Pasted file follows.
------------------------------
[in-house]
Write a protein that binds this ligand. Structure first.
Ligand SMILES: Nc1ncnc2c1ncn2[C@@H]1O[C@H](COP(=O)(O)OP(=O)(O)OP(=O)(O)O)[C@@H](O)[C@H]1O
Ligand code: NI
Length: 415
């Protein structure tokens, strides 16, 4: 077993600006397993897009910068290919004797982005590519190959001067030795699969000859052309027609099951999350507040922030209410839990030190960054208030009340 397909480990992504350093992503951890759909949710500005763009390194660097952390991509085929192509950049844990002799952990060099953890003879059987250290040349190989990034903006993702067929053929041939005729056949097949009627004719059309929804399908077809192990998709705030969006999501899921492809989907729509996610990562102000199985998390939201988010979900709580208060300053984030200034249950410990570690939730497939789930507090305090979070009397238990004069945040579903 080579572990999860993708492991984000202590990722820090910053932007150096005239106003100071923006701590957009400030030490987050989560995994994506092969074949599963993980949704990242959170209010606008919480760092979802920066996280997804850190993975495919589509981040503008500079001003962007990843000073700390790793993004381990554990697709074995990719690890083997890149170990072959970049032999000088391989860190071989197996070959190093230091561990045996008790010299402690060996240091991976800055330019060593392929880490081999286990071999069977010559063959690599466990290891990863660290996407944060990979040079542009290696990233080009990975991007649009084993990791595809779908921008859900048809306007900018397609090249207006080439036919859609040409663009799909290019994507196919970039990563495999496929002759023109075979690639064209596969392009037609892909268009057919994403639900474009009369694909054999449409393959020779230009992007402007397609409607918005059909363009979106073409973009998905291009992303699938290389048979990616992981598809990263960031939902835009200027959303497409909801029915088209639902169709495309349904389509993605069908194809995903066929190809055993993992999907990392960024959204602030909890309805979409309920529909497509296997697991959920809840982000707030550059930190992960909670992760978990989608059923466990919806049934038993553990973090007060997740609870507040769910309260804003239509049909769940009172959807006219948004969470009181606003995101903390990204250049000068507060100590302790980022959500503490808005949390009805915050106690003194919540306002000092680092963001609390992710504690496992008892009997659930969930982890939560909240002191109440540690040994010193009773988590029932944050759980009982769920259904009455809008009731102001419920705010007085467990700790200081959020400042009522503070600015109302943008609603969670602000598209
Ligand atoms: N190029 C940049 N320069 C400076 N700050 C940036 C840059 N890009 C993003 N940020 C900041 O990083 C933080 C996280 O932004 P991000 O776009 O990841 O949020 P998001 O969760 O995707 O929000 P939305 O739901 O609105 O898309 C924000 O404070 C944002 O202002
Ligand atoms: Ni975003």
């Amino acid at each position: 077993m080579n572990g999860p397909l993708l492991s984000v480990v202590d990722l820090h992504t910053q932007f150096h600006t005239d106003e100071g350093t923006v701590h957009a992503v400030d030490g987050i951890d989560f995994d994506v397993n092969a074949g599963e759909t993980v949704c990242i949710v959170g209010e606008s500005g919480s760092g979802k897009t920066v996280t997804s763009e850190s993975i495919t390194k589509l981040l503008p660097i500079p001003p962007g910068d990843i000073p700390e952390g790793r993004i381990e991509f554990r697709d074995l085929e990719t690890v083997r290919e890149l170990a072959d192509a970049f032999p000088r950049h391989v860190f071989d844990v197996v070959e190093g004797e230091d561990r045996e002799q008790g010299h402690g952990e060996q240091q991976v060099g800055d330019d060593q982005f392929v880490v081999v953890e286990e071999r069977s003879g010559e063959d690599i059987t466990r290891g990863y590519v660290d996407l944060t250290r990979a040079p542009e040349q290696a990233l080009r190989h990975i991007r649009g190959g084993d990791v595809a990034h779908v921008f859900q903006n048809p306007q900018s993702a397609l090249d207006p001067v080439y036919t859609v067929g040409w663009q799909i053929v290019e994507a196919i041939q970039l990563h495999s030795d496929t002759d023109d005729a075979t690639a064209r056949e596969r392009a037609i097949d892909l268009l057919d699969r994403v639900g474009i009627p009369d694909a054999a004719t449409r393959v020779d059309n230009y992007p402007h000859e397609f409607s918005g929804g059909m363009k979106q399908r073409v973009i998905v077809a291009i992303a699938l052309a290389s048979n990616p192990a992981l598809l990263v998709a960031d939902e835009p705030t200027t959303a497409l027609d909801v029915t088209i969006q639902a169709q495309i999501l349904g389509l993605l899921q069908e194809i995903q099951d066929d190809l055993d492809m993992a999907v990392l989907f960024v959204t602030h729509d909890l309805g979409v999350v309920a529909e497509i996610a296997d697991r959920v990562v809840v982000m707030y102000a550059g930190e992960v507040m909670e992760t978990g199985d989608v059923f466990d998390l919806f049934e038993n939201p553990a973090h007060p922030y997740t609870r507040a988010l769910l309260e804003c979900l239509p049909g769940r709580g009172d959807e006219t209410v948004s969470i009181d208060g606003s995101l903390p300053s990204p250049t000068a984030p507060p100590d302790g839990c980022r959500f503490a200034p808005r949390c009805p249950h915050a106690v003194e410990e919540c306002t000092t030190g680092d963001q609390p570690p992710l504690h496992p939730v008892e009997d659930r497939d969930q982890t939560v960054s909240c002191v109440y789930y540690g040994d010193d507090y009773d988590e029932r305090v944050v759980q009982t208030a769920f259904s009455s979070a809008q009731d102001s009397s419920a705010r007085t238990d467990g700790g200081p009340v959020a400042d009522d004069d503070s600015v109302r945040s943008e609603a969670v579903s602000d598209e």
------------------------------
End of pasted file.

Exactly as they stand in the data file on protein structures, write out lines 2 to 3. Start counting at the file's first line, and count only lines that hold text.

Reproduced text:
Write a protein that binds this ligand. Structure first.
Ligand SMILES: Nc1ncnc2c1ncn2[C@@H]1O[C@H](COP(=O)(O)OP(=O)(O)OP(=O)(O)O)[C@@H](O)[C@H]1O